Most contemporary popular music audiences hear funk as a genre fashioned by James Brown and his band’s transformation in the 1960s of earlier rhythm-and-blues shuffle rhythms by placing an emphasis on the first beat (also known as the “downbeat”) or, as James Brown expressed it, “the one,” as well as maintaining a hyped up backbeat. Drummers, while emphasizing the downbeat, incorporated the square rhythmic underpinning of a rock steady hi-hat against R&B’s more swing-oriented backbeat, accentuating funk’s polyrhythmic complexity. More important, it was a musical idiom that emphasized polyrhythmic interplay not only between percussion instruments but by organizing the entire musical ensemble—including the electric guitar, organ, horn section, and, the instrument that would come to define much of the sound of 1970s funk, the bass guitar—as a “rhythm machine.” Sly and the Family Stone’s bassist, Larry Graham, is widely credited with inventing the “slap bass” technique, “slapping” the bass strings with his thumb and “popping” the strings with his fingers to create a percussive sound, supplementing rhythmic value to the melodic and harmonic capabilities of the instrument. There were other influential bassists, such as Bootsy Collins of George Clinton’s Parliament-Funkadelic (as we will see later, the fusion bassist Jaco Pastorius dramatically transformed the rhythmic orientation of this technique by using it thematically, as well).
By the 1970s, funk was a musical genre created by, marketed to, and popular with an urban African American audience, sounding out the social realities brought by urban “renewal,” white flight to the suburbs, and the political sensibilities that emerged in an increasingly pessimistic post–civil rights era. Funk musicians played with urban African American codings and interacted ironically with dominant understandings of black urban experience. However, I want to avoid reducing funk’s politics to what Matthew Brown terms “politics at the gestural level” and rendering its aesthetic dimension as little more than a shout-out to its advanced polyrhythms or its seductive charms as a “groove” music.
To be sure, funk, like jazz or the blues before it, was marked by the primitivist and hypersexualized meanings attached to black cultural life by dominant white readings. Importantly, though, funk remained distinct from jazz by refusing to attenuate those readings by reducing or obscuring the blackness of the music’s sonic or discursive signifiers in order to achieve mainstream cultural legitimization. Rickey Vincent cogently describes funk as “an aesthetic of deliberate confusion, of uninhibited, soulful behavior that remains viable because of a faith in instinct, a joy of self, and a joy of life, particularly unassimilated black American life.” Indeed, funk musicians foregrounded difference through displays of black flesh on record covers and advertising posters, by embracing black sexuality and physical pleasure, and by otherwise celebrating the black urban experience while critiquing structural and systemic modes of oppression. Gina Dent argues that black pleasure as expressed through and by black music engages a political stance in which black bodies mobilize a counternarrative to those of victimization and humiliation. In this light, “gettin’ down” and “gettin’ it on” were more than salacious calls for sexual play but functioned as entreaties for the vitalization of a black politics through an engagement of black aesthetics. Being funky was a political as well as aesthetic decision, as James Brown’s “Say It Loud (I’m Black and I’m Proud)” testified in 1968.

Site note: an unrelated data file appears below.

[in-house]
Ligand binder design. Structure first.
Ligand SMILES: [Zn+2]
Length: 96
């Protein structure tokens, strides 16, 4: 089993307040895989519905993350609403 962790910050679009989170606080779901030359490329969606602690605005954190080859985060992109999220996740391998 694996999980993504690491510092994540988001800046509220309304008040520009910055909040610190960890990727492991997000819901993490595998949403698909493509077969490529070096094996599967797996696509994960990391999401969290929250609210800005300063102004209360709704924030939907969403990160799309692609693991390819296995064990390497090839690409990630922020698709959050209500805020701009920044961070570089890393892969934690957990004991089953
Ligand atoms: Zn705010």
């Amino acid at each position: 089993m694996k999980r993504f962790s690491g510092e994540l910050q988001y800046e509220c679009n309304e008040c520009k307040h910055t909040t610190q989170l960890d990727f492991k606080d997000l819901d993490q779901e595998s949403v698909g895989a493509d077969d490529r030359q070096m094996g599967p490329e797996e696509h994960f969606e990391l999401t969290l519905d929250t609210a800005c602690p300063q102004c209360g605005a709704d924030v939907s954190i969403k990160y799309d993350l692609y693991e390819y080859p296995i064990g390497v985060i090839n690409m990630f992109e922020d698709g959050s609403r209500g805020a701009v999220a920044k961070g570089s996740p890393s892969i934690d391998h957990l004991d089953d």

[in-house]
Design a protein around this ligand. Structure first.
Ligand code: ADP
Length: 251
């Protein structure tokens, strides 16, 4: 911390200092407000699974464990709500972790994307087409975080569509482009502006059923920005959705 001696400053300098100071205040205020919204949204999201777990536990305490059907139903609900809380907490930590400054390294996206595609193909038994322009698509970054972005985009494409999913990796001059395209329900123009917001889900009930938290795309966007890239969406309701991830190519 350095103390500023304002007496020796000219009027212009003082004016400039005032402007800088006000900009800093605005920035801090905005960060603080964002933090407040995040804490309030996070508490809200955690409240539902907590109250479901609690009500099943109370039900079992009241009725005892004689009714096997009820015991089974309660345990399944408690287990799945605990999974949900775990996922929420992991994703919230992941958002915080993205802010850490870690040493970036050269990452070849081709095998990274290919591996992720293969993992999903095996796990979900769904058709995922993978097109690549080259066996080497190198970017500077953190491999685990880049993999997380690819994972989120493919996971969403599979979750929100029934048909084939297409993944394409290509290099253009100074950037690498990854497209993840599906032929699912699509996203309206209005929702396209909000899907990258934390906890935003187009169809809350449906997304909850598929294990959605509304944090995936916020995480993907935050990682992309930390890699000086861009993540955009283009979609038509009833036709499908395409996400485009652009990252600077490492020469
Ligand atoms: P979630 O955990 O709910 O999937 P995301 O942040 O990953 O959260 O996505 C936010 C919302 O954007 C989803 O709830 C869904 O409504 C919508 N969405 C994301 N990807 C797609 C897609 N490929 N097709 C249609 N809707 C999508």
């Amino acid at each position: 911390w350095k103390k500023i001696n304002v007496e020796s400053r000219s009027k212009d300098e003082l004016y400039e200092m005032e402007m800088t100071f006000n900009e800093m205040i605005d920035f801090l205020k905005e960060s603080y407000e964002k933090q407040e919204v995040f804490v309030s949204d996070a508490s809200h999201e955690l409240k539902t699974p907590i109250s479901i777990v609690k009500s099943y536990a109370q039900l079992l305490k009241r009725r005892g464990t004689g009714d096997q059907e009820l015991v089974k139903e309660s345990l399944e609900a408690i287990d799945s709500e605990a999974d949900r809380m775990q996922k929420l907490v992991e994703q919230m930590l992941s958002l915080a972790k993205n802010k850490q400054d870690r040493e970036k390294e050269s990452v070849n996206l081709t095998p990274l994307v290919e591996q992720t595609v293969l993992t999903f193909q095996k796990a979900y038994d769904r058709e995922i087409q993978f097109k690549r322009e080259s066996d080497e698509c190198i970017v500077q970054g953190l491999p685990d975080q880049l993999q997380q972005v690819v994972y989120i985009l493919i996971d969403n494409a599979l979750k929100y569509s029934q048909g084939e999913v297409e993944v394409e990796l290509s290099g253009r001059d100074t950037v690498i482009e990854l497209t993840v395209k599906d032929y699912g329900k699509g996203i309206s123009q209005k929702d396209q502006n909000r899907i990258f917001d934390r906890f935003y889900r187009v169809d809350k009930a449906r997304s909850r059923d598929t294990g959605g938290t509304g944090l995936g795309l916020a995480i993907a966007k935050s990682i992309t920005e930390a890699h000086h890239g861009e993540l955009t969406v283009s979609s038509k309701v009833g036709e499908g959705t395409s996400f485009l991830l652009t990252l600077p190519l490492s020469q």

Vincent argues that funk music was “the successor to the soul music of the 1960s in terms of its representations of popular black values—particularly those ideals of social, spiritual, and political redemption.” Vincent explains that as the optimism of the 1960s civil rights movement decreased in the 1970s across black communities and political groups throughout the United States, the cheerful, upbeat sounds of soul music were displaced by the harder-edged sounds of funk. Brian Ward supports Vincent’s assertions by detailing the ways in which the move from soul music to funk occurred in a historical context in which the liberal promises of black integration after the passage of the Civil Rights Act of 1964 were increasingly dashed by continued educational, employment, and housing inequities between whites and blacks in the United States. As James Brown exhorted audiences in 1974, “People, we got to get over before we go under,” further advising them to “turn on your funk motor, get down and praise the Lord, get sexy, sexy, get funky and dance,” advocating a politics of funk, if you will, in a period of economic “stagflation” linking economic empowerment to a black erotics.
Musically, funk bands such as the Bar-Kays, ConFunkShun, Lakeside, Cameo, and Kool and the Gang moved black popular music away from mainstream notions of consonant harmonic and melodic elements and toward the gritty, even “greasy,” sounds of 1970s urban black life as announced by the band Tower of Power on its 1970 debut recording, East Bay Grease. It is no coincidence that soul music parlayed a strong connection to gospel into a commercial idiom that sounded more conciliatory to integrative desires than to the black nationalist ideals of the black power movement lauded in funk anthems such as the Isley Brothers’ “Fight the Power.”